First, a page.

The Dare Detectives, published by Dark Horse Books, 96 pages,
“Frantic” is defined, in part, as “done in a hurried and chaotic way.” It is also the first word that comes to my mind when describing the first issue of The Dare-Detectives. Understand, I mean that in the very best way.
First of all, “frantic” describes the action, which nearly runs from the first to the last page. It is action that is peppered with good humor throughout. It is almost as if the 100-mile-an-hour doings are more of a set-up for the ha-ha’s than action for action’s sake. And I did, by the way. “Ha-ha” that is.
The humor is something like a cross between Looney Tunes and the late-80's era Justice League by Keith Giffen and J.M. DeMatteis. With a funny talking rabbit. I bet some of you will “ha-ha” as well.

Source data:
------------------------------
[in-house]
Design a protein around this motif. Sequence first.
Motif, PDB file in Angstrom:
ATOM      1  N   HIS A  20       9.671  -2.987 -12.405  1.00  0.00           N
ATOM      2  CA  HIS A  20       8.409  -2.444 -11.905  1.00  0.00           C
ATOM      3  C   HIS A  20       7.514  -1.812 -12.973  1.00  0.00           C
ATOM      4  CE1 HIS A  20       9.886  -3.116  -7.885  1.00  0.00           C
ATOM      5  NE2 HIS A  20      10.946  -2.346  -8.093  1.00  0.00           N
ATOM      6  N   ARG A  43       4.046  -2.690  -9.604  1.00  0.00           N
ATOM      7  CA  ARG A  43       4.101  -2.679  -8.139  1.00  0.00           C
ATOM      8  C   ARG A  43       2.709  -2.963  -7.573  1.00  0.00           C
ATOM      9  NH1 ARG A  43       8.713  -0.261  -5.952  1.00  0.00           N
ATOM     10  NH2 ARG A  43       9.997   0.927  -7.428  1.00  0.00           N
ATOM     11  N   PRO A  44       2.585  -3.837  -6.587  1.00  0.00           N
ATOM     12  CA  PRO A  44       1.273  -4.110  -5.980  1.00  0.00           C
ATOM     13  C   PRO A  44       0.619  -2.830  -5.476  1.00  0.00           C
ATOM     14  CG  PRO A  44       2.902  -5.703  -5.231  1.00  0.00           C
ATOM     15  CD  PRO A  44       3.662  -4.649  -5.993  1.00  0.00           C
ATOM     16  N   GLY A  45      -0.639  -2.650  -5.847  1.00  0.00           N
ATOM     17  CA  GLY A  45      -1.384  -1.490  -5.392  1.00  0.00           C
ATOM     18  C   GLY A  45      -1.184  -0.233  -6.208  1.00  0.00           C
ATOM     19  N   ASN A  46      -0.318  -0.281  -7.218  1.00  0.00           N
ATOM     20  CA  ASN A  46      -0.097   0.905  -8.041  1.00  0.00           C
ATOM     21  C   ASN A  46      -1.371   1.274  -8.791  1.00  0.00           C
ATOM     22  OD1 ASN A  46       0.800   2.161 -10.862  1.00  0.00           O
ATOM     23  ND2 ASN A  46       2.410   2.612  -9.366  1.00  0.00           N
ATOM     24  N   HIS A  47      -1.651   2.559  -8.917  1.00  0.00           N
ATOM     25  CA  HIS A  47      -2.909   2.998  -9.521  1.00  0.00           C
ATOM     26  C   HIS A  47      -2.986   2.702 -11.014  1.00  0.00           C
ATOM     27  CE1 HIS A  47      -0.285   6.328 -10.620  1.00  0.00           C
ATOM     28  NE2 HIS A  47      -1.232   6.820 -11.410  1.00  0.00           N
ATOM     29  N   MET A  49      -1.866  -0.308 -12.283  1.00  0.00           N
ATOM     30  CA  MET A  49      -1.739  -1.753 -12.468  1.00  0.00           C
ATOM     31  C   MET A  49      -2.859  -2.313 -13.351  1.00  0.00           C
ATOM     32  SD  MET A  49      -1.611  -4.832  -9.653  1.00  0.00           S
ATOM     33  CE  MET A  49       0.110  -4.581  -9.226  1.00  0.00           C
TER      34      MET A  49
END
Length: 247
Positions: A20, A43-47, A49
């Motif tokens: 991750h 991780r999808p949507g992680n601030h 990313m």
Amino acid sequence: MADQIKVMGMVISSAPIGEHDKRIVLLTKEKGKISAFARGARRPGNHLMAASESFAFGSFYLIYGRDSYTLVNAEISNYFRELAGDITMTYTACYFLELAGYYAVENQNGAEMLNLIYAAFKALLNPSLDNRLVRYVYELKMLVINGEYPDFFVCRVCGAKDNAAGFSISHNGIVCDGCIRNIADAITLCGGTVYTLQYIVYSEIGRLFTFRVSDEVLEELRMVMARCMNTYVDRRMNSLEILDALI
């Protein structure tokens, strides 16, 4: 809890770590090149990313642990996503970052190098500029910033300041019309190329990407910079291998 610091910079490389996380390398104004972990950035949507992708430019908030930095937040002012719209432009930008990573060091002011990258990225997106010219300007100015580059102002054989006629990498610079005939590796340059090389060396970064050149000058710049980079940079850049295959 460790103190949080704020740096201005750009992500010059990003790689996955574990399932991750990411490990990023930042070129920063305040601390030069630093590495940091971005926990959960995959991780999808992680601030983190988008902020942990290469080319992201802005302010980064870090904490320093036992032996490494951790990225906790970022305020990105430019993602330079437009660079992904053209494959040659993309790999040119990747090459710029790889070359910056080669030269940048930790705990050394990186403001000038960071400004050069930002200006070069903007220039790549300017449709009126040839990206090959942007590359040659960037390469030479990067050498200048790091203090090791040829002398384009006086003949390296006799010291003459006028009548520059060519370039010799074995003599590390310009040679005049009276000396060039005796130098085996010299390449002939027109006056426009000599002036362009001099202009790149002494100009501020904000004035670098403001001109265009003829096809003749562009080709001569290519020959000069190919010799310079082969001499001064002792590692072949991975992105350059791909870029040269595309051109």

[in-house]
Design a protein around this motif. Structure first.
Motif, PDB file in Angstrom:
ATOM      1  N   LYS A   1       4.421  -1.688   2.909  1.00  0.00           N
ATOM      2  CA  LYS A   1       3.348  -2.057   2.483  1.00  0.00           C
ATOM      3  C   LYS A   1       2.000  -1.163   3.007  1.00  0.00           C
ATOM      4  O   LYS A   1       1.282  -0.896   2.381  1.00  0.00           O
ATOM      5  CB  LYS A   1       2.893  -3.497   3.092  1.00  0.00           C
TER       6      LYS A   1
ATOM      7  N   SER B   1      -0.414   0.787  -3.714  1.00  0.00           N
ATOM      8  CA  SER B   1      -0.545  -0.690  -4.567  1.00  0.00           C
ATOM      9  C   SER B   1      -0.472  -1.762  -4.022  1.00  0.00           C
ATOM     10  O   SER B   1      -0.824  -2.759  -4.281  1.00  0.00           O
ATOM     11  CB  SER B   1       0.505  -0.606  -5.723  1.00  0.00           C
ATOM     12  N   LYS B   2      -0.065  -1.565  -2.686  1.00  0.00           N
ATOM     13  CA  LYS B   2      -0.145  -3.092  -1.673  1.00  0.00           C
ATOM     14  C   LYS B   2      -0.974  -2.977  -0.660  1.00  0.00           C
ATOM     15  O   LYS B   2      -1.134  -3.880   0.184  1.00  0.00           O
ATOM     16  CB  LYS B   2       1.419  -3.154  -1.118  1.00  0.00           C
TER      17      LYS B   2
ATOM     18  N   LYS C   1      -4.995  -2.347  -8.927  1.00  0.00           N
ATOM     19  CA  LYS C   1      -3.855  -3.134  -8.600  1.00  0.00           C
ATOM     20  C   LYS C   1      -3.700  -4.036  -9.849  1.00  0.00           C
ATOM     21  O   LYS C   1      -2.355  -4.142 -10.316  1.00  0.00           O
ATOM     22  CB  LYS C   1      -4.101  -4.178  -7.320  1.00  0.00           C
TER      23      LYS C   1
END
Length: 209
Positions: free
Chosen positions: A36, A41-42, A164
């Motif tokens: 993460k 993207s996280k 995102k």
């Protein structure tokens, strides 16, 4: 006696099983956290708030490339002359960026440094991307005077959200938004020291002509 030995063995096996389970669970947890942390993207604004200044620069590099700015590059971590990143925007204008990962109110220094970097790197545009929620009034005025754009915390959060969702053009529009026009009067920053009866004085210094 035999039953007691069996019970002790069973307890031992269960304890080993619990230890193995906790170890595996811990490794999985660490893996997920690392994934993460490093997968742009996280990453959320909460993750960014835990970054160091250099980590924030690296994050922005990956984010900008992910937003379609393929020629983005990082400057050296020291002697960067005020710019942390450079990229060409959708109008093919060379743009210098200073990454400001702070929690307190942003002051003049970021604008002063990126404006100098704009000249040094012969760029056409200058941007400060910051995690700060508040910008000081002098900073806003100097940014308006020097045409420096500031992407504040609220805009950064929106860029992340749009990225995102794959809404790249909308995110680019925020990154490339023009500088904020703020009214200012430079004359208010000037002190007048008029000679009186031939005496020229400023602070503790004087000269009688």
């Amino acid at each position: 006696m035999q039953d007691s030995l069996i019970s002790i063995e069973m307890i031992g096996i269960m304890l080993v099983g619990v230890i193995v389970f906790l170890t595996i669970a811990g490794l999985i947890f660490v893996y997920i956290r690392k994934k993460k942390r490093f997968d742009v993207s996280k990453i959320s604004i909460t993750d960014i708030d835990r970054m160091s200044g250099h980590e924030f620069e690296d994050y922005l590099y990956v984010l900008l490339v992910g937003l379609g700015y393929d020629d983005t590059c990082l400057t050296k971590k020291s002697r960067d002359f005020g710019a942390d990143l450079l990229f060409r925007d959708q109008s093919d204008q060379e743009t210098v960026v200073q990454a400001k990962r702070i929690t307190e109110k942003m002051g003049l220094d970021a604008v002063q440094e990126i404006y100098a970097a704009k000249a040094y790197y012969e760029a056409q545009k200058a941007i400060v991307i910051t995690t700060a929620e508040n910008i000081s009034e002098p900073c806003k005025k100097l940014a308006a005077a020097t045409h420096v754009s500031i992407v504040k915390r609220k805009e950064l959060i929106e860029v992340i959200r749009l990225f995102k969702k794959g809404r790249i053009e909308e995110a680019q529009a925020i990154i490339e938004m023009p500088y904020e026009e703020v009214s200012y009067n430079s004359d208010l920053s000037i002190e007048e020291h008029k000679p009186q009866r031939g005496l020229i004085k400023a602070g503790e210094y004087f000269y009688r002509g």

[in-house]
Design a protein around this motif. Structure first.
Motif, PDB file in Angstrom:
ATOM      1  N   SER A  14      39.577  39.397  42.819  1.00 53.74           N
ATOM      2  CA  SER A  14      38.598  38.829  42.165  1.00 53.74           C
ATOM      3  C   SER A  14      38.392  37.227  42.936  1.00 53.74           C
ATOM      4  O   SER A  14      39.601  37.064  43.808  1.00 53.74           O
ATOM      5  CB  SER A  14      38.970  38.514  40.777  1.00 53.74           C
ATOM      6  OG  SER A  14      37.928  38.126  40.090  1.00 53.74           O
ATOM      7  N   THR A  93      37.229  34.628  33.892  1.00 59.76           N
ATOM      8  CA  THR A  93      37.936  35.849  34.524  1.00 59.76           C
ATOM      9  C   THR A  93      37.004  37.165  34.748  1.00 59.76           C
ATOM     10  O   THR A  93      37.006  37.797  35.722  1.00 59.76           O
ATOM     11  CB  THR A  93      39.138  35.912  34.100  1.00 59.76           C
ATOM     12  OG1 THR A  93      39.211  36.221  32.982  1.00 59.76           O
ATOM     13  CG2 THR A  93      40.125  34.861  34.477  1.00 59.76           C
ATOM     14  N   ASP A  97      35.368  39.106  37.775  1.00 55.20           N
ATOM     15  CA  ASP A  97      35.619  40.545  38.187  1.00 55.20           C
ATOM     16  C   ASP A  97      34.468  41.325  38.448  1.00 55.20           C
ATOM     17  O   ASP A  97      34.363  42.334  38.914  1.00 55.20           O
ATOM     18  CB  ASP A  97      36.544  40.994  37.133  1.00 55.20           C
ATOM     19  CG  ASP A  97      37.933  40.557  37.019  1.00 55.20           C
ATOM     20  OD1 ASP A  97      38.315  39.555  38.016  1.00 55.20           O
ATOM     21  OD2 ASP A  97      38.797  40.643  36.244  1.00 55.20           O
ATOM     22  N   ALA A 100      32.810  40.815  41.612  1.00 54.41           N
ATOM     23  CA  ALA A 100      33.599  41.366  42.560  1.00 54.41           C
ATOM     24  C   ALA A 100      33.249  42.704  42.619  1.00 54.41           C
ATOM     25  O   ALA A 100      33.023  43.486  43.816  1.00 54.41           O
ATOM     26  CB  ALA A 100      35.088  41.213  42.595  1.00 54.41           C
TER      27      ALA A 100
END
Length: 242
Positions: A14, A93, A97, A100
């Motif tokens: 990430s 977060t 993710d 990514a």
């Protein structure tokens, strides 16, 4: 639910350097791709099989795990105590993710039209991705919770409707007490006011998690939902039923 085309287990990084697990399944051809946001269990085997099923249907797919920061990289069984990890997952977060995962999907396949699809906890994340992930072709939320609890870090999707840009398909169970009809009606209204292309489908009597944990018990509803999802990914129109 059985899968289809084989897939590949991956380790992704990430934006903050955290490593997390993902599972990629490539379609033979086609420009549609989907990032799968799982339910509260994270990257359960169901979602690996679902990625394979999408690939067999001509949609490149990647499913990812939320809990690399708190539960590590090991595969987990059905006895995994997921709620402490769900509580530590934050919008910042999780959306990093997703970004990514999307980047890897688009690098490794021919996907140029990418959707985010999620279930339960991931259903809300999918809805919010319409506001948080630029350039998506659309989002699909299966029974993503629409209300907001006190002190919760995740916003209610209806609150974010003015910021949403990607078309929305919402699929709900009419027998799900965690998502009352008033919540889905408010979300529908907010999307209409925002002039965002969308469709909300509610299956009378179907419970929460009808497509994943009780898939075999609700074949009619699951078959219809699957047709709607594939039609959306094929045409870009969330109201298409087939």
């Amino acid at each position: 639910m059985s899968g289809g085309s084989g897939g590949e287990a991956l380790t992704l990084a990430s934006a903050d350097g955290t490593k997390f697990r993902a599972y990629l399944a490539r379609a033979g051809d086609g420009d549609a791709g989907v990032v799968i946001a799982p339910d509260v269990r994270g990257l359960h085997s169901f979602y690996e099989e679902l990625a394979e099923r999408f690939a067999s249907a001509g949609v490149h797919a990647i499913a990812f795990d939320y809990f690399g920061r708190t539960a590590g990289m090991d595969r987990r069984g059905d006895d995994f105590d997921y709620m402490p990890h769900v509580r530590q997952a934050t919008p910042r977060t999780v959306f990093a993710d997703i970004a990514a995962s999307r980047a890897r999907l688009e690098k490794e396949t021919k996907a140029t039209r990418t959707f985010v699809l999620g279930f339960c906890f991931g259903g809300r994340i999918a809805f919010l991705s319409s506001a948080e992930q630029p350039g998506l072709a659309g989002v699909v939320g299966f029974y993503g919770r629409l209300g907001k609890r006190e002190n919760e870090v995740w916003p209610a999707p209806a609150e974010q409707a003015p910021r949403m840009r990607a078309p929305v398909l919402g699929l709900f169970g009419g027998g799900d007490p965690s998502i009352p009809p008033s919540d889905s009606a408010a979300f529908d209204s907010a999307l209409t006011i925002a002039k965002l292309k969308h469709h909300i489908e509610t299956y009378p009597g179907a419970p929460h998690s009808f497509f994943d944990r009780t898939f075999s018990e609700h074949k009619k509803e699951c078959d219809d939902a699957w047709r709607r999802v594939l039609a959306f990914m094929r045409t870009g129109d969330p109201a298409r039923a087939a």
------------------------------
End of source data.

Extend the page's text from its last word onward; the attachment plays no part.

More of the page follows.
The subdued sequences come at the right times and serve their purpose of setting up more conflict and action.
The characters themselves show hints of interesting characterization. Though, as of the first issue, they do take a back seat to the star of the show, The Action.
All of this is to say that creator/writer Ben Caldwell did a good job writing his baby. His timing, sense of drama and humor (Have I mentioned humor...?) are to be admired. Before Detectives, I couldn’t tell you the last time a comic book made me laugh.
“Frantic” also describes Caldwell’s art style. It reminds me of the work of Tex Avery and Kyle Baker, but still has it’s own flair and sense of Saturday morning “cartoony” fun. It is so charged with kinetic energy, I can imagine the artist scribbling away at his drawing table, while flailing about wildly, acting the scenes out as he puts a story together, ala Stan Lee.
I discovered Dare Detectives late, as it was published in 2004. Better late than never. MUCH better. Highly recommended for teens and up.
Review by Mark Allen
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